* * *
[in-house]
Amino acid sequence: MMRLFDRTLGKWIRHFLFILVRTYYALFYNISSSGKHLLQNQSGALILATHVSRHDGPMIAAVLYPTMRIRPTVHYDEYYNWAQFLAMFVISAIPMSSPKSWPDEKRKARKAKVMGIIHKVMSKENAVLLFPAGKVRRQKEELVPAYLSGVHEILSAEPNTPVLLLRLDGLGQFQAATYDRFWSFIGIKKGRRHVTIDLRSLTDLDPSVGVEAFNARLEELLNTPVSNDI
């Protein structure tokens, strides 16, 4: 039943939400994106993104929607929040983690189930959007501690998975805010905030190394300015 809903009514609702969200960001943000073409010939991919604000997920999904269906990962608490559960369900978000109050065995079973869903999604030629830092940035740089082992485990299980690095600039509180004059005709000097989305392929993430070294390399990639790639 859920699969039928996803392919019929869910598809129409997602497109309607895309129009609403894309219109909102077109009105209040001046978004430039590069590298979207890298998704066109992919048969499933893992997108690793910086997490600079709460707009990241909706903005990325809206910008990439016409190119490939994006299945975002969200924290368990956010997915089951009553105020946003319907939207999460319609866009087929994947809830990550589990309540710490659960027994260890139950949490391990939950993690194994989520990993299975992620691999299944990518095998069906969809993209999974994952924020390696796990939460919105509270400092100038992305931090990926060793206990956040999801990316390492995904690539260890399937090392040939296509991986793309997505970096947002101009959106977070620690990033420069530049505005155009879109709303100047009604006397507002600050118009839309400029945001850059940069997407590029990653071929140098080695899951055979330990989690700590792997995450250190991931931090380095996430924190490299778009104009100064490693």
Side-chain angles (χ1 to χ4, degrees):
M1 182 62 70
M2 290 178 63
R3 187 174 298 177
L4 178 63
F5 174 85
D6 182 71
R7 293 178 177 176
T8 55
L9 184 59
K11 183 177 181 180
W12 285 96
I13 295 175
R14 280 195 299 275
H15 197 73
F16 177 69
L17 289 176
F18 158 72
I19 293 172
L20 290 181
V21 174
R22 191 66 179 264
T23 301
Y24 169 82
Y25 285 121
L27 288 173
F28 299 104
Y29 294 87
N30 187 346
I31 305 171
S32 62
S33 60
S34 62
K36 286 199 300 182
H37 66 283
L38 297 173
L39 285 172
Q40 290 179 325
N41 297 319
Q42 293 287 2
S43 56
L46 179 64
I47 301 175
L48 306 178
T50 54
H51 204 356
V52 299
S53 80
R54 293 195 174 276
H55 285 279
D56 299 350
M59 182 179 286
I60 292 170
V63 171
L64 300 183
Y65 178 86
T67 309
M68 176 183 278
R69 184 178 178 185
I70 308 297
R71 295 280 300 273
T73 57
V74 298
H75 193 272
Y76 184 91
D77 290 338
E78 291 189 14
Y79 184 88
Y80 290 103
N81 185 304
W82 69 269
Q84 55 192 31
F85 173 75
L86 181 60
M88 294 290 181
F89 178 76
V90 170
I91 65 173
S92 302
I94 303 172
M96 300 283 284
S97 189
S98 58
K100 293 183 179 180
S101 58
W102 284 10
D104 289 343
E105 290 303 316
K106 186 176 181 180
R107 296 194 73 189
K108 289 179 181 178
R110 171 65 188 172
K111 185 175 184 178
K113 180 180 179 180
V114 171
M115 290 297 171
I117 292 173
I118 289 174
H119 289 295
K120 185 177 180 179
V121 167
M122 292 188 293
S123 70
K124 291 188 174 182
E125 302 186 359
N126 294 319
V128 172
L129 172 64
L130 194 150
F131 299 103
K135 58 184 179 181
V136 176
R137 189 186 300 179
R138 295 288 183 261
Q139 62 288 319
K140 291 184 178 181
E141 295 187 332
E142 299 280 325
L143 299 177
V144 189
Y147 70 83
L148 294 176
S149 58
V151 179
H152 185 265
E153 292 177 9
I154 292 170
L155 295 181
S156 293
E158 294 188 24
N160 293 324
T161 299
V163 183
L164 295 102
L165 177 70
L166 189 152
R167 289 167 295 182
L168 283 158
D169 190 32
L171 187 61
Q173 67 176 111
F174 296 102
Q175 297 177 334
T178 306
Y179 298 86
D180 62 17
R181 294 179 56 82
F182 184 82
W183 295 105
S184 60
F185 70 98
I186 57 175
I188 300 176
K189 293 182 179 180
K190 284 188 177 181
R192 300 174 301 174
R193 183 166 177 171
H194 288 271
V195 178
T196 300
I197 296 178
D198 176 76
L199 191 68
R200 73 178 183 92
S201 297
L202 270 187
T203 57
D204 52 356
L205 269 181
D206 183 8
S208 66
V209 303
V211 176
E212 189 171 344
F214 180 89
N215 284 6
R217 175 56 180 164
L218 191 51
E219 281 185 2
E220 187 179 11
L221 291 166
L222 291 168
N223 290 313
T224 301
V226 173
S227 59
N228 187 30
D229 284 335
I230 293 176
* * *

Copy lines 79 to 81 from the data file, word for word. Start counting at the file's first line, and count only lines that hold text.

F89 178 76
V90 170
I91 65 173